Nobody Should Be Placed in Solitary Confinement—Not Even Paul Manafort
Paul Manafort isn’t deserving of torture. Neither was Kalief Browder.
A judge has ordered former Trump campaign chair Paul Manafort to be transferred to the infamous Rikers Island Prison in New York City. Manafort could also face time in solitary confinement out of concern for his safety. Manafort's predicament presents a unique opportunity to have a conversation about a questionable prison tactic.
As previously reported, Manafort was convicted on charges related to tax evasion and fraud. He also ran into trouble for lying to the Department of Justice about fraud, money laundering, and his relationship with a foreign bank.
That hardly fits the bill of a hardened, violent criminal, as would be suggested by the judge's actions. His supporters are arguing the same. A source close to him said, "He's not a mob boss," in response to the news.
Neither was Kalief Browder, who spent three years at Rikers without ever seeing a trial. He was arrested by police after he was accused of stealing a backpack. Officers found nothing on his person and the accusations were later discovered to be dubious. Browder was subjected to violence by the guards and inmates, but experts believe the two years he spent in solitary confinement was the main factor that led to his 2015 suicide at the age of 22, about two years after his release.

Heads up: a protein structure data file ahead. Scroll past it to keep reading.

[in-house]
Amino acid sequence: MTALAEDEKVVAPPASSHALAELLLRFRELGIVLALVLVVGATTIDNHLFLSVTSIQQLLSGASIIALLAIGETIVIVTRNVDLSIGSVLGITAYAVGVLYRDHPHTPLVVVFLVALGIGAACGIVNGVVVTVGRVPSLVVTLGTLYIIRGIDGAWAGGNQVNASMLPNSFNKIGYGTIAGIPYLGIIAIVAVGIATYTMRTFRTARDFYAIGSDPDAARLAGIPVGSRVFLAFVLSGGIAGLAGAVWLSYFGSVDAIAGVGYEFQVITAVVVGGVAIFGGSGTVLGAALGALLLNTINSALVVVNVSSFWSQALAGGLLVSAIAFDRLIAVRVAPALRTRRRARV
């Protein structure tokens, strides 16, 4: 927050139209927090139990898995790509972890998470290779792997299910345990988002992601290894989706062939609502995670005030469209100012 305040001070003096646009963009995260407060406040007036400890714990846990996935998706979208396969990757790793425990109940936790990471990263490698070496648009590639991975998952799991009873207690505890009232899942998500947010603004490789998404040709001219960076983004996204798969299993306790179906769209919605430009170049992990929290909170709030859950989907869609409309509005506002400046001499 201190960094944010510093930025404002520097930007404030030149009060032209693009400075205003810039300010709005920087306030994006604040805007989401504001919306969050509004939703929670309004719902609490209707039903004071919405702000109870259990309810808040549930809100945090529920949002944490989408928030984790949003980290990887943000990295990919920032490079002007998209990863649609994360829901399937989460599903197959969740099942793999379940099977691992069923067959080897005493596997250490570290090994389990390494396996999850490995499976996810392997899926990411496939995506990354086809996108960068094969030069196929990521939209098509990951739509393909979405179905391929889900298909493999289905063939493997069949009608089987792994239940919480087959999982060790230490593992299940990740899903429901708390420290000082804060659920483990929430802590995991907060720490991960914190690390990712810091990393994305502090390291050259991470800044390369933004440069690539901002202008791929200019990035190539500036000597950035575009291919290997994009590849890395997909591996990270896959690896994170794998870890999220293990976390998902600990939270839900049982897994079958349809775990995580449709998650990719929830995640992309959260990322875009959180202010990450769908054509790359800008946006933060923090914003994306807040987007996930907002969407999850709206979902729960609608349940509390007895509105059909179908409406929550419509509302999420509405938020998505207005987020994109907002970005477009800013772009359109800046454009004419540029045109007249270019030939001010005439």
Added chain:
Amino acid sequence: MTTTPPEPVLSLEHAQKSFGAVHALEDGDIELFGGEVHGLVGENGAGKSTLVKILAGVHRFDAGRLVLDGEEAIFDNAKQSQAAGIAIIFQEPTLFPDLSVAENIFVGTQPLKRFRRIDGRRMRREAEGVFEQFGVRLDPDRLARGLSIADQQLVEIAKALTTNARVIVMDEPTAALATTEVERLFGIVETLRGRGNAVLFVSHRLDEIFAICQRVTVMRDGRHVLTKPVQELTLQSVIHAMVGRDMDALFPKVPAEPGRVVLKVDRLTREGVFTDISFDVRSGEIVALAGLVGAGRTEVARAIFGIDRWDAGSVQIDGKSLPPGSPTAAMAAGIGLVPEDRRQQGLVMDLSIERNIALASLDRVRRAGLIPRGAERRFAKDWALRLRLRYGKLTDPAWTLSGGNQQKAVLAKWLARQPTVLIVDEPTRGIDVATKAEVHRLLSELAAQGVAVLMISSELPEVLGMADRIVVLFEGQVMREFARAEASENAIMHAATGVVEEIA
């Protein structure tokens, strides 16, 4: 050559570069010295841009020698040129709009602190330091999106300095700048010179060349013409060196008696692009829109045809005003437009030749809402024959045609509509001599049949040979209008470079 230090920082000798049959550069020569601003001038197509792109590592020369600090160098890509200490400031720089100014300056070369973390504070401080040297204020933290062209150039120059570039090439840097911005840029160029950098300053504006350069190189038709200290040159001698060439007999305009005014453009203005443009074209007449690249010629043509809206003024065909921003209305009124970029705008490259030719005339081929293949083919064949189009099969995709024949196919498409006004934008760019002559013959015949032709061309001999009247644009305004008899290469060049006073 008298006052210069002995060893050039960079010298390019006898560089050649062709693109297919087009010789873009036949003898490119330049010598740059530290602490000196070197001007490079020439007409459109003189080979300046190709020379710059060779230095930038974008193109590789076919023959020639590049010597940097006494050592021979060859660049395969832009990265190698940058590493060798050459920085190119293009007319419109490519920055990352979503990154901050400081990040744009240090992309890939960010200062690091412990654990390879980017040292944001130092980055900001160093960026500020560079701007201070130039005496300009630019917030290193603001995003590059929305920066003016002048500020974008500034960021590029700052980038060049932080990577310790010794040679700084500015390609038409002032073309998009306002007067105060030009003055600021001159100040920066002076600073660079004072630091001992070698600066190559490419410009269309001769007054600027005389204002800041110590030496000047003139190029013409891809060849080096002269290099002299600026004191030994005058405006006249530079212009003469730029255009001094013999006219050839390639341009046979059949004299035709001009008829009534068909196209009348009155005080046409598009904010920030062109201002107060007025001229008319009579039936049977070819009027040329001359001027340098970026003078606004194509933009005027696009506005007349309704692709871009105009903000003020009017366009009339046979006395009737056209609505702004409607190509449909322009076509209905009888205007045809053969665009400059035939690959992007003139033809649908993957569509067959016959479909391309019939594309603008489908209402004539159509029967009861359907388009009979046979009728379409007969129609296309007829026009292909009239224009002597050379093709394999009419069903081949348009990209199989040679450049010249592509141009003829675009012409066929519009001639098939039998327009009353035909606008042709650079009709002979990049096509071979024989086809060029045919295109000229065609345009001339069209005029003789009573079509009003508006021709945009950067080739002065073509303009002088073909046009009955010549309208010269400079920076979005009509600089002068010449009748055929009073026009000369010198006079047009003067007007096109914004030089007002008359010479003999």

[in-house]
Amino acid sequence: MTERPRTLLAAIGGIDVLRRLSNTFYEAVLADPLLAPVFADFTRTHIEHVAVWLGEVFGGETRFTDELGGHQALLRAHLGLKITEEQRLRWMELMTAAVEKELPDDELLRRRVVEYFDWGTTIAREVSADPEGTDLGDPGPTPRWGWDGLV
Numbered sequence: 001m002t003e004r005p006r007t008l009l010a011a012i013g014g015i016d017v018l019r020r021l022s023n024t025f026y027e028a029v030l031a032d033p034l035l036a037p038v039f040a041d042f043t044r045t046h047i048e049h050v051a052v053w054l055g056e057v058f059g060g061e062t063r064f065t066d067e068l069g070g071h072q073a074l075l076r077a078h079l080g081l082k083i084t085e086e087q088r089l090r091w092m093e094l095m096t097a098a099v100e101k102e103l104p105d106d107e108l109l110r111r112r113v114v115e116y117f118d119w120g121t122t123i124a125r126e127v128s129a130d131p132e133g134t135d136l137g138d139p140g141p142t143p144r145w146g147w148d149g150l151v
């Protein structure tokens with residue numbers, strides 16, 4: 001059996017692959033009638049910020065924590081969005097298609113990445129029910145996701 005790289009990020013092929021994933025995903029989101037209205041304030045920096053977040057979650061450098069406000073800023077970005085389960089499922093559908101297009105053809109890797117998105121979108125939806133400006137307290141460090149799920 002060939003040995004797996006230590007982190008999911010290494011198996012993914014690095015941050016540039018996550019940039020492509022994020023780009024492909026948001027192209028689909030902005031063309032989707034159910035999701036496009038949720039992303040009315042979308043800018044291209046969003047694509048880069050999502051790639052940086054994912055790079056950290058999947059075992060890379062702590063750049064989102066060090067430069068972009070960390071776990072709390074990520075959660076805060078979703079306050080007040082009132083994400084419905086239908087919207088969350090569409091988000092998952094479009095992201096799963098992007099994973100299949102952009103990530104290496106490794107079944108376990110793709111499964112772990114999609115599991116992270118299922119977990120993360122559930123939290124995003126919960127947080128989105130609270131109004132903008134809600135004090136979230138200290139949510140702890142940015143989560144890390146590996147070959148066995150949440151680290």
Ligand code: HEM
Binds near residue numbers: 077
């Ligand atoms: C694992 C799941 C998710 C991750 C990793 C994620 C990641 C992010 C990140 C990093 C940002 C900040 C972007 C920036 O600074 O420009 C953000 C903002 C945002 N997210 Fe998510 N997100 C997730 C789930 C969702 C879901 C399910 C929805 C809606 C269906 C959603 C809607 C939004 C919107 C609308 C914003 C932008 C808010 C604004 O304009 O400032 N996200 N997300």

Needless to say, there continues to be great hypocrisy in Manafort's case. Defenders of a harsher criminal justice system for average Americans have pitied Manafort. Others are saying the new development is "karma."
Scott Hechinger, public defender and policy director at Brooklyn Defender Services, wants those supporting the judge's decision in Manafort's case to see how turning a blind eye does a disservice to those like Browder.
Kalief Browder. Arrested at 16. For allegedly stealing a backpack. Stuck on Rikers on $3500 for 3.5 years. Hundreds of days in solitary confinement. Committed suicide upon release. Pretrial detention and solitary confinement killed him.https://t.co/wSV5e8M5HG
— Scott Hechinger (@ScottHech) June 4, 2019
"When we support pain, punishment, torture, harshness, pre-trial detention, solitary, guilt until proven innocent for one—no matter how much we might despise them or think they 'deserve it'—we further entrench an unjust system for all," he tweeted.
Any personal feelings of Manafort should be set aside to speak out against torture. And those with new thoughts on humanity behind bars should similarly be concerned that this is a reality for tens of thousands of Americans each year.